Sen. Claire McCaskill's campaign has started to ban recording of its events, an apparent response to behind-the-scenes footage of her campaign released by Project Veritas.
Project Veritas, run by James O'Keefe, began to release the hidden camera footage of McCaskill's campaign early this week. The campaign quickly responded by putting up notices at its events banning individuals who intend to record.
A "recording notice" posted by the entrance of a Wednesday campaign event with volunteers, which can be read in full below, said anyone who enters must "agree to not record" and would be "asked to leave the event" if caught.
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RECORDING NOTICE: By entering this area, you agree to not record, reproduce, transmit or stream from the event site, offices, work spaces, or any of their surroundings, in any manner or by any means whatsoever, any portion of, or the entirety of, any Missouri Democratic Party events or general activities in or surrounding the Missouri Democratic Party offices and work spaces, including making any photographs, videotapes or any other records, in the absence of the specific and advance written permission of the Missouri Democratic Party. The Missouri Democratic Party retains the exclusive copyright to all material that may be distributed at the event or produced or maintained in its offices, work spaces, or any of their surroundings unless otherwise noted, and to any and all photographs, videotapes and other recordings of any kind of all Missouri Democratic Party events, general activities, office spaces, and surroundings.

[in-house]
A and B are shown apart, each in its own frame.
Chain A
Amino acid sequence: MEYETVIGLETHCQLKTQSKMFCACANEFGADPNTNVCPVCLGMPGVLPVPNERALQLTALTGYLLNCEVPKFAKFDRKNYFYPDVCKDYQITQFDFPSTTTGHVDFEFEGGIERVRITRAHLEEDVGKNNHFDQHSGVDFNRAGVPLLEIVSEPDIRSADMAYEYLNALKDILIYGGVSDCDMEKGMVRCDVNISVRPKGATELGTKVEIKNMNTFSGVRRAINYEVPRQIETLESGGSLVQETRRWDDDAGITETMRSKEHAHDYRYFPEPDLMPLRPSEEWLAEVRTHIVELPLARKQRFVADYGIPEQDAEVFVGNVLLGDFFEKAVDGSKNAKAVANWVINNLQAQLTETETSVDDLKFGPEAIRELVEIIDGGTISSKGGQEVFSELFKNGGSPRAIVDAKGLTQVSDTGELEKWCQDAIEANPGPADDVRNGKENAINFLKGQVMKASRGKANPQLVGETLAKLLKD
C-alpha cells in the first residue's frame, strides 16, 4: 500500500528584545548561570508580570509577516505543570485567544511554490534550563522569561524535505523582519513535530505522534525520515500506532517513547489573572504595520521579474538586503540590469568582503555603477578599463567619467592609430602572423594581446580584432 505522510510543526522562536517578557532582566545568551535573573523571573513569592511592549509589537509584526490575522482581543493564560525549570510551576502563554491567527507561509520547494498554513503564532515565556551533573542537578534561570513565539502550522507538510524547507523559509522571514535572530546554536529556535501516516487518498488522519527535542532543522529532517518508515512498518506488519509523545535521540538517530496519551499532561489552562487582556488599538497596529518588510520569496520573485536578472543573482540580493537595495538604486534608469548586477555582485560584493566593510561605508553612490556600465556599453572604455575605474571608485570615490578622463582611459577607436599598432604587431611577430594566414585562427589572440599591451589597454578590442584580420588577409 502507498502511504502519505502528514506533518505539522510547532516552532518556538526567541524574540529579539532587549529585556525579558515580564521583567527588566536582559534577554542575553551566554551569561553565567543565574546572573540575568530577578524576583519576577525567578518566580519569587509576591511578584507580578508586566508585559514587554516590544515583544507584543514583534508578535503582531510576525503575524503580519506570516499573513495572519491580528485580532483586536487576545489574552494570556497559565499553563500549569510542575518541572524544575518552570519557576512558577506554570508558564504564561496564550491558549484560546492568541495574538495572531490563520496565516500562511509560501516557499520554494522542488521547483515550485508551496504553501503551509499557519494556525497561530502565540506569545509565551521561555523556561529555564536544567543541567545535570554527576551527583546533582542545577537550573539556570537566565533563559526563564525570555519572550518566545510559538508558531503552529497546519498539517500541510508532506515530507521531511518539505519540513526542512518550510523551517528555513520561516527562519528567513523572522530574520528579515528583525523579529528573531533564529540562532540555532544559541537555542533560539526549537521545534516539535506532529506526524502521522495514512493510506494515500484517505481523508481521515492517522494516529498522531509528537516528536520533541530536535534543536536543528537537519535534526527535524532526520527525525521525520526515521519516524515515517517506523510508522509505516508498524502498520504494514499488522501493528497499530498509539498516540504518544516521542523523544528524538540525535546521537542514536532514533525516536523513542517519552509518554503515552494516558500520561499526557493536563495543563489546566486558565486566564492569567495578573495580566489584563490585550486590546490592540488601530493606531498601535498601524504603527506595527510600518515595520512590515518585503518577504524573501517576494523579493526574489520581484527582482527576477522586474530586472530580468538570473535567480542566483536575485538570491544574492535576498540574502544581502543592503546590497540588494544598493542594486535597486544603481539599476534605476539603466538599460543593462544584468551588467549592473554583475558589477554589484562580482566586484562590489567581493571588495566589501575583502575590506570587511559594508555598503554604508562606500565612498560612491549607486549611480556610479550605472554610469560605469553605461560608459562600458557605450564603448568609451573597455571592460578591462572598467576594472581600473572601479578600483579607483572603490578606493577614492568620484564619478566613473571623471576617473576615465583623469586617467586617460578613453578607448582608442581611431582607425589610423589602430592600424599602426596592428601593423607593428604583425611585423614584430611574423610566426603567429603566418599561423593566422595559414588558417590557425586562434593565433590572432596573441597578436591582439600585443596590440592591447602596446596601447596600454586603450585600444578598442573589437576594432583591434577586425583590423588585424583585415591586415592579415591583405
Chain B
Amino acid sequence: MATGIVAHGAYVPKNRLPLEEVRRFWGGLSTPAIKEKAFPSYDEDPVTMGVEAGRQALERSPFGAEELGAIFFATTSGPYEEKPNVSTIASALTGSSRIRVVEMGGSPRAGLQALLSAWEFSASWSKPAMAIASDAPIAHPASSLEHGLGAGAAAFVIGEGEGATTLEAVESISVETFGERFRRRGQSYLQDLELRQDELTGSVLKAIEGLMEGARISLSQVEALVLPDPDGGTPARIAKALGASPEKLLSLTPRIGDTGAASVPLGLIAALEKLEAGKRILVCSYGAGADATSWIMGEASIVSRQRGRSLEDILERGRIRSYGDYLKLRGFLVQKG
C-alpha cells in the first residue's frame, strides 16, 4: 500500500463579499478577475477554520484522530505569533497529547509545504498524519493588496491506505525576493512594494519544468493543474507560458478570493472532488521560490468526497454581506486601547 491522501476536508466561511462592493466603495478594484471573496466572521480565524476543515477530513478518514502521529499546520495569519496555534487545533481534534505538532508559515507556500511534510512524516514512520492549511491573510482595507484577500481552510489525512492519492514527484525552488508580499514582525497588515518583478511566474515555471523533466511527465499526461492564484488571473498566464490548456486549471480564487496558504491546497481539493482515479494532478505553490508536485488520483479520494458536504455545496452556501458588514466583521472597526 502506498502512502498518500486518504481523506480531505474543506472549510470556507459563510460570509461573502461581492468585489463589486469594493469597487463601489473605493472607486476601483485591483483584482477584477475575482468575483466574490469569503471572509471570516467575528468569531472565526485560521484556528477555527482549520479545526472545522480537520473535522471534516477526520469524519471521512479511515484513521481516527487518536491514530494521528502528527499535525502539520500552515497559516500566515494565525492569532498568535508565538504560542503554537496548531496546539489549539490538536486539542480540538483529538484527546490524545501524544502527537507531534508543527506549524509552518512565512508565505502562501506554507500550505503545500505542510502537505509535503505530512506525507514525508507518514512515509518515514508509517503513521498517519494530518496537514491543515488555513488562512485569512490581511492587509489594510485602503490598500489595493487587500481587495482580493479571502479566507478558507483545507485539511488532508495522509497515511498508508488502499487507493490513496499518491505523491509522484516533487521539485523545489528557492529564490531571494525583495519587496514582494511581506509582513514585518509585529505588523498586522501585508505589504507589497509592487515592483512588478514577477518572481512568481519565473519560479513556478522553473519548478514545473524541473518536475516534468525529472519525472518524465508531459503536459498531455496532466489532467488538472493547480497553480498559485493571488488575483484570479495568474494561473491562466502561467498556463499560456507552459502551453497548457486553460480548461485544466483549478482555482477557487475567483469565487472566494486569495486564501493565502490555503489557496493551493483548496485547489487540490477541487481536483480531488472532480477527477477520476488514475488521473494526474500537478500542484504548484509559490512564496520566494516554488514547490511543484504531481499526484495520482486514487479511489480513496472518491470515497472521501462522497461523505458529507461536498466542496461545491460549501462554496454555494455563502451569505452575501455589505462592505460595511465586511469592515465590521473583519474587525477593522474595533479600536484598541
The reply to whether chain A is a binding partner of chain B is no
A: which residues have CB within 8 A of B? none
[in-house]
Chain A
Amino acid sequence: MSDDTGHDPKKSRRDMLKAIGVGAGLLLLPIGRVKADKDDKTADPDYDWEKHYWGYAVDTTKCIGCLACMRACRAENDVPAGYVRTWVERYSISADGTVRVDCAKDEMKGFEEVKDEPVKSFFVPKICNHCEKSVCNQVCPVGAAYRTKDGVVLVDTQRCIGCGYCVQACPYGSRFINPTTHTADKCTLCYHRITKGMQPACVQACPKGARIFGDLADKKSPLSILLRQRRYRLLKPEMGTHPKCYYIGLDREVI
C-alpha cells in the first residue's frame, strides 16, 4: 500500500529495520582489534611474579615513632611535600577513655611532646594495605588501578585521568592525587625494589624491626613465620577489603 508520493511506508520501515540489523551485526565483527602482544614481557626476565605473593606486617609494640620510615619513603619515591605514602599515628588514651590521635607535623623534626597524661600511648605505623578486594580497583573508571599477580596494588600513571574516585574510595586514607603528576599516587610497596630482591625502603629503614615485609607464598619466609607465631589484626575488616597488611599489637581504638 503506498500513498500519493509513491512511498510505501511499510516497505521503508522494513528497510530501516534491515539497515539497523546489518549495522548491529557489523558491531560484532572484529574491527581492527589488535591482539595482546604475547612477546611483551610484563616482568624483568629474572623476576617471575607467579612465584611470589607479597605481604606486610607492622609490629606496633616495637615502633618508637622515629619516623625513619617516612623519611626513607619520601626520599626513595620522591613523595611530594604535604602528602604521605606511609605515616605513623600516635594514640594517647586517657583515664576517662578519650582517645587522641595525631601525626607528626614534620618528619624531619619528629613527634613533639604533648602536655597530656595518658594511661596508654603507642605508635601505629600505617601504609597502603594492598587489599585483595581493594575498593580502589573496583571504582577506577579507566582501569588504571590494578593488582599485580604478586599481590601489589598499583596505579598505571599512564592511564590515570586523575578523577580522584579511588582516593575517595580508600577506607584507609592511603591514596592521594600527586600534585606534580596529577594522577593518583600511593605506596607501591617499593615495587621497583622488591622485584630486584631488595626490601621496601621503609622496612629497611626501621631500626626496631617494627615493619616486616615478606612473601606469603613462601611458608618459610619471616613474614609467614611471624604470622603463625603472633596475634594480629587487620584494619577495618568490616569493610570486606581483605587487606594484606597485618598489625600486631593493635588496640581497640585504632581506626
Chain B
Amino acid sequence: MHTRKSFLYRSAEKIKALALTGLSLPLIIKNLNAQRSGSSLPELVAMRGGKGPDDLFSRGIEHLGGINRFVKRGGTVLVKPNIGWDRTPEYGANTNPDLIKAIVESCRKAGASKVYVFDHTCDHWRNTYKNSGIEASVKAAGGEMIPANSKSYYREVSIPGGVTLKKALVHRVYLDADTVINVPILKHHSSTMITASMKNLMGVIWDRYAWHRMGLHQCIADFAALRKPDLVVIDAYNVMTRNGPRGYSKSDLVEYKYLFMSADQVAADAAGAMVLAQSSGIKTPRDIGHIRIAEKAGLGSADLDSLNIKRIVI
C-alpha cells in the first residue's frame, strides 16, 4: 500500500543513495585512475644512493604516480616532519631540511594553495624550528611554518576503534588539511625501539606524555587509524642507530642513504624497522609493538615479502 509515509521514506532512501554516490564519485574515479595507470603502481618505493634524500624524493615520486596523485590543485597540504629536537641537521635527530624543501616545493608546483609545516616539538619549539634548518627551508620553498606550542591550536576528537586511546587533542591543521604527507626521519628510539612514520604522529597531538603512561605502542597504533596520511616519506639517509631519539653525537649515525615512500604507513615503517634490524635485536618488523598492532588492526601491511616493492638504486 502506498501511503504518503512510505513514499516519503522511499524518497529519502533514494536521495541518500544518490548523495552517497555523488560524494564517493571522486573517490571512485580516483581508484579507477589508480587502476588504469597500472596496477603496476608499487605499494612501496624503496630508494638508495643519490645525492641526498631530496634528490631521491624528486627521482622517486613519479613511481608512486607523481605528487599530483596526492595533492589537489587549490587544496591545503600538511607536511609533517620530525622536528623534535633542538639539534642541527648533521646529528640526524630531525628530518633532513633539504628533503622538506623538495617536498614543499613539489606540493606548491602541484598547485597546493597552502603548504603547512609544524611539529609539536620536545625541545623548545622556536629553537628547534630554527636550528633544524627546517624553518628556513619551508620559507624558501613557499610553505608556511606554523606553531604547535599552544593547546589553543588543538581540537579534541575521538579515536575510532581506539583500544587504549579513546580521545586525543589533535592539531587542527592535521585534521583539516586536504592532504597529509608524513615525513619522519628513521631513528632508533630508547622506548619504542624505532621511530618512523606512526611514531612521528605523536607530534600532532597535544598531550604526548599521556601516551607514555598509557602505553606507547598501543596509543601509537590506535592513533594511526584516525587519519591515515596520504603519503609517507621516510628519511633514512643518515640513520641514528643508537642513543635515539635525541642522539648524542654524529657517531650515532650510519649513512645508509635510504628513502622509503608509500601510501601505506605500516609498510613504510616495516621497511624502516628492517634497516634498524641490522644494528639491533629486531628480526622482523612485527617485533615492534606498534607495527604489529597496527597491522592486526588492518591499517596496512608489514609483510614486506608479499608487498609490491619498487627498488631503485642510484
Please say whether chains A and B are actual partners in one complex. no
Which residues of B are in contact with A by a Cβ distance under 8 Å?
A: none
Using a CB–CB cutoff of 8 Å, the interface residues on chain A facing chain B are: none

If you do not wish to be subject to the foregoing, know not enter this area. If you or your guests are unwilling or unable to comply with the aforementioned terms and conditions, you may be asked to leave the event, activity, offices, work spaces, or their surroundings.
The McCaskill campaign did not respond to an inquiry into whether the notice was a direct response to the Project Veritas videos.
Other video of McCaskill posted by campaign volunteers, such as footage of her saying she became "physically ill" when she learned Trump would be able to fill another Supreme Court vacancy, has also been used by her opponents.
Banning recording has been just part of McCaskill's response to the Project Veritas video. Her campaign has said that "fraud has been committed" against it and called on her Republican opponent Josh Hawley, who also happens to be Missouri's attorney general, to launch a special investigation into the Project Veritas videos.
McCaskill took it a step further, accusing Hawley of "fraudulently embedding somebody in my campaign."
O'Keefe, in a statement to the Free Beacon, called the accusations of fraud from McCaskill "false and outrageous."
"Senator McCaskill made an absolutely false and outrageous statement," O'Keefe said. "Maybe instead of trying to criminalize legitimate news gathering, Senator McCaskill should address what her campaign staff in the undercover videos say about them having to ‘essentially' lie to get elected."
O'Keefe also denied that the Hawley campaign was at all involved with his videos.
Hawley has similarly come out strong against McCaskill for accusing him of fraud. "Senator, accusing people of crimes is a serious thing," Hawley wrote on Twitter. "If you have evidence of a crime, please come forward with it immediately. Otherwise, please stop politicizing the legal process for your reelection."
The Associated Press reports McCaskill's campaign has "backed off" the senator's accusation that Hawley was involved in the video, pivoting to criticizing him for promoting the video instead.